Preprint Article Version 1 Preserved in Portico This version is not peer-reviewed

Inhomogeneous Poisson Point Process for Species Distribution Models: Relative Performance of Methods Accounting for Sampling Bias and Imperfect Detection

Version 1 : Received: 14 April 2021 / Approved: 15 April 2021 / Online: 15 April 2021 (08:09:25 CEST)

How to cite: MUGUMAARHAHAMA, Y.; FANDOHAN, A.B.; MUSHAGALUSA, A.C.; SODE, I.A.; GLELE KAKAÏ, R. Inhomogeneous Poisson Point Process for Species Distribution Models: Relative Performance of Methods Accounting for Sampling Bias and Imperfect Detection. Preprints 2021, 2021040400 (doi: 10.20944/preprints202104.0400.v1). MUGUMAARHAHAMA, Y.; FANDOHAN, A.B.; MUSHAGALUSA, A.C.; SODE, I.A.; GLELE KAKAÏ, R. Inhomogeneous Poisson Point Process for Species Distribution Models: Relative Performance of Methods Accounting for Sampling Bias and Imperfect Detection. Preprints 2021, 2021040400 (doi: 10.20944/preprints202104.0400.v1).

Abstract

Species distribution models have become tools of great importance in ecology since the advanced knowledge of suitable habitat of species is needed in the process of the world's biodiversity conservation. Models that use presence-only data are of great interests and are widely used in ecology due to their easy access. However, these models do not estimate accurately the true spatial species distribution based solely on presence-only data since they do not account for biases induced by the sampling techniques used and imperfect detection. To address this gap, Hierarchical integrated models have been recently introduced. Through this study, we assessed the relative performance of these new SDMs models using simulated data. The performance of the models was tested by comparing the estimates of parameters of the distribution models they provide with parameters used to simulate the distribution of the virtual species. The best model was the one whose estimates were close to the true distribution parameters of the virtual species. Results showed that analyzing Presence-only data in conjunction with Point-counts data through the Dorazio's Hierarchical model produced estimates of the coecients of the species intensity models with high precision and less bias while the Koshkina integrated model showed poor performance. Site-occupancy data, being not informative of species abundance, did not allow reducing biases in Presence-only data. The Dorazio's Hierarchical model produced estimates with high precision even with low detection probability. We have also found that the species rarity tends to in ate the variability of the models' estimates making modelling abundant species to be more accurate than modelling less abundant species. Hence, to model the species distribution with high precision based on Presence-only data, additional Point-counts data are required to account for sampling bias and imperfect detection.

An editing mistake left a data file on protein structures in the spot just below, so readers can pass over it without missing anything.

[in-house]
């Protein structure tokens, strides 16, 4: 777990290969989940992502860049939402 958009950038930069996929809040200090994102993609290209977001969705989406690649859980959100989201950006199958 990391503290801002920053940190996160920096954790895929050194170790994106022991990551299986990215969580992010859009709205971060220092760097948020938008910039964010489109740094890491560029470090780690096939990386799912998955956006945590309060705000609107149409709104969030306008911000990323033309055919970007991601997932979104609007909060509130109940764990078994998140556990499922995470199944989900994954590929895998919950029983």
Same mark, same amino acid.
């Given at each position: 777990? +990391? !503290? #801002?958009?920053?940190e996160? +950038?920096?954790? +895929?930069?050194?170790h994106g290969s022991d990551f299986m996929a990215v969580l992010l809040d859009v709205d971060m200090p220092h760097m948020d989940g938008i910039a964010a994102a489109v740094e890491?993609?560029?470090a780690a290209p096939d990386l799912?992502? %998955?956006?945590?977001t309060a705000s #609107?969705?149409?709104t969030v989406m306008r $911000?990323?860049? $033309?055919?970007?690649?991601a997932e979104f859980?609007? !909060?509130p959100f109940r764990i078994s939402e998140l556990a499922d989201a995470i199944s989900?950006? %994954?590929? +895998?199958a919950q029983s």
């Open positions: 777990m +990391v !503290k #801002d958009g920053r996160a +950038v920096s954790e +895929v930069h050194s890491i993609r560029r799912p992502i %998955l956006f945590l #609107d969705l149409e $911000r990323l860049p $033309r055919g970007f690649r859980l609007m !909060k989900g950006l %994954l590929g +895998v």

Subject Areas

Integrated Species distribution models; Maximum likelihood; Point-counts; Presence-only data; Site-Occupancy; species abundance

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